• Have you ever wondered where the statistics come from that say a child in the foster care system requires 40 square feet to live in the state of Iowa (true story, I checked)? Where does research come from and why do we trust it? Who is checking and double checking the methods of the researchers and how many re-writes of the results happen before the public sees it? Here’s the biggest question: when we don’t agree with what research finds, is it bad research or just disagreeable results? A professor at UT conducted research of children of gay parents and came up with some very UNpopular results. A blogger wrote a letter and now the University of Texas is looking into his “questionable” ethics in the study. Check out this article from Denny Burk, “The Witch-Hunt for Mark Regnerus” and see if you can make sense of it.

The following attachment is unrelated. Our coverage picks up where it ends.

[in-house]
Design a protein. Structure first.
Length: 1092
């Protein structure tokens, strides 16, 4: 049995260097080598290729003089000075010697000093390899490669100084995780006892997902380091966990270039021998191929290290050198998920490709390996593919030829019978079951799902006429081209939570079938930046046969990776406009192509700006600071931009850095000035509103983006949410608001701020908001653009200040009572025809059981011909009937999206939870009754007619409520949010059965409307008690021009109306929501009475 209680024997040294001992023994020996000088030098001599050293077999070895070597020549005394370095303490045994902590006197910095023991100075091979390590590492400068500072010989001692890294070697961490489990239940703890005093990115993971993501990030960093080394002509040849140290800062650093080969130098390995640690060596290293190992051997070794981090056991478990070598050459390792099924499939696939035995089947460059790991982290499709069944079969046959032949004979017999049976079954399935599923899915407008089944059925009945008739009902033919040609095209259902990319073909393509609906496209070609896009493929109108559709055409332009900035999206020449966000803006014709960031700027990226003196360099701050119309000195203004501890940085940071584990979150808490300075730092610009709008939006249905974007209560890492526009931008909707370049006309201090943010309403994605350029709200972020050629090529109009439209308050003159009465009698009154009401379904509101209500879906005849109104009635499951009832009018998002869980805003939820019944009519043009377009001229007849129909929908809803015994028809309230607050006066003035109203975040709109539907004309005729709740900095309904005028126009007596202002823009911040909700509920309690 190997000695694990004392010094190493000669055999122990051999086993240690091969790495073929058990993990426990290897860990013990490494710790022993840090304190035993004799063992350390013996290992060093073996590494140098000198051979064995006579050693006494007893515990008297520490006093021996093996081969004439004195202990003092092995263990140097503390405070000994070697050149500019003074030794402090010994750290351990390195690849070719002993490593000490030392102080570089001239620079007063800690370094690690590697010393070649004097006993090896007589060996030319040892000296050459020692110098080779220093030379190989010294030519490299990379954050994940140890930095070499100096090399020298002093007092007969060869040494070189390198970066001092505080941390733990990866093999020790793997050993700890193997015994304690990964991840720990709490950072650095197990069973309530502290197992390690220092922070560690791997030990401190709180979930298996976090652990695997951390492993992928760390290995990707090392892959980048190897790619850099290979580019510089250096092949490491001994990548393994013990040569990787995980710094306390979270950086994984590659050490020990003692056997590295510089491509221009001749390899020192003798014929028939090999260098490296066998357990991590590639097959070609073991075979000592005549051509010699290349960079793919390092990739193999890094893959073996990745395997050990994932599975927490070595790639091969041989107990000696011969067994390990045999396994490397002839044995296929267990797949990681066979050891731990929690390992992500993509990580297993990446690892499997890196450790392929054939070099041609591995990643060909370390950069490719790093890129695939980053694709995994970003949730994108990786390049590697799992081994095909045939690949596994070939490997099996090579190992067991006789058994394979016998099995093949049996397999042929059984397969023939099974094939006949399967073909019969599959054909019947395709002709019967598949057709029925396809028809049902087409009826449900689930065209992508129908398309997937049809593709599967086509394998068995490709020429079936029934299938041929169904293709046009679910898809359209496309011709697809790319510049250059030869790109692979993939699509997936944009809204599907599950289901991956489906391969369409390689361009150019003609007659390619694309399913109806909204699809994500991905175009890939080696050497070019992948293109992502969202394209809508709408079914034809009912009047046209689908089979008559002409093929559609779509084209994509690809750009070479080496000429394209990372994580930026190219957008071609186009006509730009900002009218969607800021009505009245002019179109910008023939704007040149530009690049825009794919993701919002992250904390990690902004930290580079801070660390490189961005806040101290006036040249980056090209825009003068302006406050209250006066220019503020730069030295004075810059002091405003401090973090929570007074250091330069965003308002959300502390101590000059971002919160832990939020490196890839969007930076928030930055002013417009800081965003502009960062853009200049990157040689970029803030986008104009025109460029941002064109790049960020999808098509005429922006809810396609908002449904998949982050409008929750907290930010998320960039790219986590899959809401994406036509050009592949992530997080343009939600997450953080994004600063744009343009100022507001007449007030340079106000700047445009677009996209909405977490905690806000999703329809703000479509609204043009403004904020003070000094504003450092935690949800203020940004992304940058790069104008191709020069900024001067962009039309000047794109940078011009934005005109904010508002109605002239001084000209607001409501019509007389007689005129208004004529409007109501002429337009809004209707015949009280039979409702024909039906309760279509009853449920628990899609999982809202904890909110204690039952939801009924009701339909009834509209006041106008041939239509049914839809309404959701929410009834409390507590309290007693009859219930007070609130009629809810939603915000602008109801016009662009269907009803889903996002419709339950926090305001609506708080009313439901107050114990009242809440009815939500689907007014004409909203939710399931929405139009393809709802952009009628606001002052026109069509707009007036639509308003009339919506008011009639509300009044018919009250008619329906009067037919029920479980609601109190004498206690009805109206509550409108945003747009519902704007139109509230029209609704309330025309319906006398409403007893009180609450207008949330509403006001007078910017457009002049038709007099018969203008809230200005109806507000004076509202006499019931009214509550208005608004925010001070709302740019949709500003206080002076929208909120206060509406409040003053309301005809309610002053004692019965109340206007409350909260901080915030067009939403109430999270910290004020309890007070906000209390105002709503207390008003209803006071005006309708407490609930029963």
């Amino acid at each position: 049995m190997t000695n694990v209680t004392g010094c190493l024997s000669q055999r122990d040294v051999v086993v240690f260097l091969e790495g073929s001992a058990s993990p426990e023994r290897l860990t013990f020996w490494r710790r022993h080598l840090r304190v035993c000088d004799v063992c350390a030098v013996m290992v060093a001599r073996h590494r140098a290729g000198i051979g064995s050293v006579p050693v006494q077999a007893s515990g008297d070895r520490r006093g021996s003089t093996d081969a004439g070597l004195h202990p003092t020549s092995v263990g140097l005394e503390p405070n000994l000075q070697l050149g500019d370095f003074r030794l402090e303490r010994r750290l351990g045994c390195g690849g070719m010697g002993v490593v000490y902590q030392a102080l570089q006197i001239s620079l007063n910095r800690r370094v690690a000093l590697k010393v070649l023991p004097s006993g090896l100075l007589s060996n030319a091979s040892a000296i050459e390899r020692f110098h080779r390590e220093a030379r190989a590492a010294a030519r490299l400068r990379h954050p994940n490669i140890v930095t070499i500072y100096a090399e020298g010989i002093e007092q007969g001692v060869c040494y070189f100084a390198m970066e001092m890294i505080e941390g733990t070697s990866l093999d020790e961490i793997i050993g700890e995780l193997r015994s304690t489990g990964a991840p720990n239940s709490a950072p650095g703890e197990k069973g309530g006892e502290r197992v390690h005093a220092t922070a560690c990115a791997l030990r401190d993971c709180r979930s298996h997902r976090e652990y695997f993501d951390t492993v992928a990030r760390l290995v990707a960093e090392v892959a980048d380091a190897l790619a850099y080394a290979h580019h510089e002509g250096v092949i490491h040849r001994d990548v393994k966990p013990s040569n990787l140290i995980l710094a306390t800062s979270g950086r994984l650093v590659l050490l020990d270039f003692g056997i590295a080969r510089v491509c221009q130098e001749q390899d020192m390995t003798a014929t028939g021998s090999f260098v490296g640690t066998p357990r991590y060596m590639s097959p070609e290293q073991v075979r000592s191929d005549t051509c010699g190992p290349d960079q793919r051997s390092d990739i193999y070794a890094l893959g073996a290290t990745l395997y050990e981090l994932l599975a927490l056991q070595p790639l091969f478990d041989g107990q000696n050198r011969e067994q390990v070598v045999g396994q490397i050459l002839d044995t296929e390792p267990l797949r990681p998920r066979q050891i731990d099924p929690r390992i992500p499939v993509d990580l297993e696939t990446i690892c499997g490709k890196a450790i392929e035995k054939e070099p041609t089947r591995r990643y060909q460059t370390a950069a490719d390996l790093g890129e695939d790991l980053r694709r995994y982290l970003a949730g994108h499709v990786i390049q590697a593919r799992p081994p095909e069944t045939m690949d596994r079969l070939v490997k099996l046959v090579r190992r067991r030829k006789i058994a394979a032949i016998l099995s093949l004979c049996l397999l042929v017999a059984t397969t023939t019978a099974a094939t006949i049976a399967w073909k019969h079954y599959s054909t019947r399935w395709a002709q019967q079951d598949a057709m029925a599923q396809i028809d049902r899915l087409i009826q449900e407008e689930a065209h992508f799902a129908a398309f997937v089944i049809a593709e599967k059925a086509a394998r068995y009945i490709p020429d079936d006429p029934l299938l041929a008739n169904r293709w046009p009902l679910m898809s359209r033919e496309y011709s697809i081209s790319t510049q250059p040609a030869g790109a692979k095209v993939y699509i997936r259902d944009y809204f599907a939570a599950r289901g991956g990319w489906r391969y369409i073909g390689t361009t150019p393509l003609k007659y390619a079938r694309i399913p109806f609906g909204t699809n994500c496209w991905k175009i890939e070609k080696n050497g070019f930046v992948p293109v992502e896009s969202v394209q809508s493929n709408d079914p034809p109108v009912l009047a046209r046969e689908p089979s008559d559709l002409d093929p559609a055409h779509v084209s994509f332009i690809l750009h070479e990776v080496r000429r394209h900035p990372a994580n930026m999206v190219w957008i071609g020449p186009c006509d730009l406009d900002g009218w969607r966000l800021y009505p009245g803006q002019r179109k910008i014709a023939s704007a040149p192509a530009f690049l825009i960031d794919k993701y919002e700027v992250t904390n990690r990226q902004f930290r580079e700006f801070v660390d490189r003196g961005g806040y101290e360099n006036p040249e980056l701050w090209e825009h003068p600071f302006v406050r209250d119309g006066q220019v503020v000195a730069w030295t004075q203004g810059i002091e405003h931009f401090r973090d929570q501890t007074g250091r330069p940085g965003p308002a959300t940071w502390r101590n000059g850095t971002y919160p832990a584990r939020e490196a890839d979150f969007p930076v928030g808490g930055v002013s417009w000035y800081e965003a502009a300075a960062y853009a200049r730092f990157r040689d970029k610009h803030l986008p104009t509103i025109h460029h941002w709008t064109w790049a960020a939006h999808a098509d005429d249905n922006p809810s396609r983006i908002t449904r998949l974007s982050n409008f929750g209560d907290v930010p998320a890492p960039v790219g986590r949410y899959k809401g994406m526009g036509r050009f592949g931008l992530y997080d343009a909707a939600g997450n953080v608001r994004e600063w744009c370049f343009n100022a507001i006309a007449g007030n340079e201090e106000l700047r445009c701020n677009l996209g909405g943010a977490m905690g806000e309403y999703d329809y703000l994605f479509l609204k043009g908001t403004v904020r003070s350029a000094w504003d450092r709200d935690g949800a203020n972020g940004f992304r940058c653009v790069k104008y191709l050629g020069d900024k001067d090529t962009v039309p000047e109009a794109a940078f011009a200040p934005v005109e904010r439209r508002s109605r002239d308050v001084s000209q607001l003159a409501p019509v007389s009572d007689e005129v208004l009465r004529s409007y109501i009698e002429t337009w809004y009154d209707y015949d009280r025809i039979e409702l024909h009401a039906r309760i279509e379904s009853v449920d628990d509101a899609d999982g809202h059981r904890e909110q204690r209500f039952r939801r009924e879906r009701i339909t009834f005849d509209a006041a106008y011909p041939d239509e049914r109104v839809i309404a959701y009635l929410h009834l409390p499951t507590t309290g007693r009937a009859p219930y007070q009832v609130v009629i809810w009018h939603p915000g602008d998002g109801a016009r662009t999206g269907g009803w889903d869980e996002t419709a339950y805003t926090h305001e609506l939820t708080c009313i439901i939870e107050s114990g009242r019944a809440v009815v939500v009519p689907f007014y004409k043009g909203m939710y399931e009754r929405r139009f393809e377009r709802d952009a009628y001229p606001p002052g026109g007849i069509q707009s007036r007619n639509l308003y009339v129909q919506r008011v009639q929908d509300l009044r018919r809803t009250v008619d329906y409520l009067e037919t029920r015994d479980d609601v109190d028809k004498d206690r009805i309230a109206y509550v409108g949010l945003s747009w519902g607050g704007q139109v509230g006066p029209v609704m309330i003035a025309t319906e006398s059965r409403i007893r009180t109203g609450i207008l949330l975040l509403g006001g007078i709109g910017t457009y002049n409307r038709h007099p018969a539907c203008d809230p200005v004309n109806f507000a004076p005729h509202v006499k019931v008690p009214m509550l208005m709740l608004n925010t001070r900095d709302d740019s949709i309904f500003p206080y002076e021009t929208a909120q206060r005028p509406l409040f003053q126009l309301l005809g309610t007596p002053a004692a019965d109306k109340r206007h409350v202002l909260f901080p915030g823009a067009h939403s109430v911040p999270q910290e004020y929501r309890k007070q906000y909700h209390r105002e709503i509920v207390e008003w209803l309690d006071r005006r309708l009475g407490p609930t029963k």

• This article, “The New Sexual Identity Crisis” from Jeff Buchanan (Executive Vice President of Exodus International) writes about the identity fragmentation that we see in regards to sexuality. Too many people have chalked it up to progress or trend or fad and not enough of us have taken a deep look at what it means for society and culture that we are a people so sexually confused. This article gives great insight.
  • In this video, Jonah Lehrer shares that “grit is the stubborn refusal to quit.” I love that. I can support 99% when it stands for good, old-fashioned perspiration. If you’ve got the time, his insights on creativity and how we get there are really refreshing.
  • I am a huge fan of the arts. HUGE. My mom is a music teacher, my dad’s family of 10 grew up performing, and I grew up on the stage with my siblings in church and school productions. This story in the Huffington Post, “Grace, Love, Courage: on Art, Artists, and Patronage” talks about one particular person and her support of the arts.

As always, I could give you more, but these should keep you pretty busy. Enjoy, folks, and don’t forget: knowledge is useless if it doesn’t result in acts of love. Even knowledge of what’s going on in the world should point us back to ways that we can serve and share the hope of the gospel.